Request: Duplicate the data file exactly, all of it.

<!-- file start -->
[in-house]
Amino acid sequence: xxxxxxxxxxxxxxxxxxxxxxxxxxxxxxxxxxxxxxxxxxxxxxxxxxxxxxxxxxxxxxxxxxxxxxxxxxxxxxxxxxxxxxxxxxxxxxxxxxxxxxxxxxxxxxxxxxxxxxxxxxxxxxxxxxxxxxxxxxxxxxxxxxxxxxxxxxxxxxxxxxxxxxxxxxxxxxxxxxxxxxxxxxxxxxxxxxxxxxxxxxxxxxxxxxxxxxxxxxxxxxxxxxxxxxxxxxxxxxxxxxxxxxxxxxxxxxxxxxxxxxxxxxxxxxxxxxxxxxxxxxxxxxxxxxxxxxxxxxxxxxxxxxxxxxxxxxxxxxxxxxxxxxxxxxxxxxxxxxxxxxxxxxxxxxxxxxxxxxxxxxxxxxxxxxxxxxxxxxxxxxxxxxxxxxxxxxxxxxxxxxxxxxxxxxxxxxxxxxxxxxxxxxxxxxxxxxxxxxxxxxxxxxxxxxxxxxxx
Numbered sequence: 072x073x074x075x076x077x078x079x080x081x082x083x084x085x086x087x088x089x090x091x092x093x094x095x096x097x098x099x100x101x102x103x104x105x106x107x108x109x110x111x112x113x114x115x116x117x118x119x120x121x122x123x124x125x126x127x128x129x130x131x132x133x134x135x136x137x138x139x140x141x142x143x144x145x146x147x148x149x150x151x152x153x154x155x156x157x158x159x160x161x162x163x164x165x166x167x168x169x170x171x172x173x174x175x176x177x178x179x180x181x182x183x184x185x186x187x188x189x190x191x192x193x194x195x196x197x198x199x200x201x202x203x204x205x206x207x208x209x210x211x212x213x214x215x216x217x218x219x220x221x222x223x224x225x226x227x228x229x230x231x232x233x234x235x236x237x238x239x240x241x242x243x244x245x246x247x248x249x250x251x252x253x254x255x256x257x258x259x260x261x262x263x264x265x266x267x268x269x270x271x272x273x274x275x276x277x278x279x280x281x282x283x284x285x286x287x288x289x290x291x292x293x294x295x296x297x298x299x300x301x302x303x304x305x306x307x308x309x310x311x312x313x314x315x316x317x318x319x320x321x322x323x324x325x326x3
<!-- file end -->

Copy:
[in-house]
Amino acid sequence: xxxxxxxxxxxxxxxxxxxxxxxxxxxxxxxxxxxxxxxxxxxxxxxxxxxxxxxxxxxxxxxxxxxxxxxxxxxxxxxxxxxxxxxxxxxxxxxxxxxxxxxxxxxxxxxxxxxxxxxxxxxxxxxxxxxxxxxxxxxxxxxxxxxxxxxxxxxxxxxxxxxxxxxxxxxxxxxxxxxxxxxxxxxxxxxxxxxxxxxxxxxxxxxxxxxxxxxxxxxxxxxxxxxxxxxxxxxxxxxxxxxxxxxxxxxxxxxxxxxxxxxxxxxxxxxxxxxxxxxxxxxxxxxxxxxxxxxxxxxxxxxxxxxxxxxxxxxxxxxxxxxxxxxxxxxxxxxxxxxxxxxxxxxxxxxxxxxxxxxxxxxxxxxxxxxxxxxxxxxxxxxxxxxxxxxxxxxxxxxxxxxxxxxxxxxxxxxxxxxxxxxxxxxxxxxxxxxxxxxxxxxxxxxxxxxxxxxx
Numbered sequence: 072x073x074x075x076x077x078x079x080x081x082x083x084x085x086x087x088x089x090x091x092x093x094x095x096x097x098x099x100x101x102x103x104x105x106x107x108x109x110x111x112x113x114x115x116x117x118x119x120x121x122x123x124x125x126x127x128x129x130x131x132x133x134x135x136x137x138x139x140x141x142x143x144x145x146x147x148x149x150x151x152x153x154x155x156x157x158x159x160x161x162x163x164x165x166x167x168x169x170x171x172x173x174x175x176x177x178x179x180x181x182x183x184x185x186x187x188x189x190x191x192x193x194x195x196x197x198x199x200x201x202x203x204x205x206x207x208x209x210x211x212x213x214x215x216x217x218x219x220x221x222x223x224x225x226x227x228x229x230x231x232x233x234x235x236x237x238x239x240x241x242x243x244x245x246x247x248x249x250x251x252x253x254x255x256x257x258x259x260x261x262x263x264x265x266x267x268x269x270x271x272x273x274x275x276x277x278x279x280x281x282x283x284x285x286x287x288x289x290x291x292x293x294x295x296x297x298x299x300x301x302x303x304x305x306x307x308x309x310x311x312x313x314x315x316x317x318x319x320x321x322x323x324x325x326x3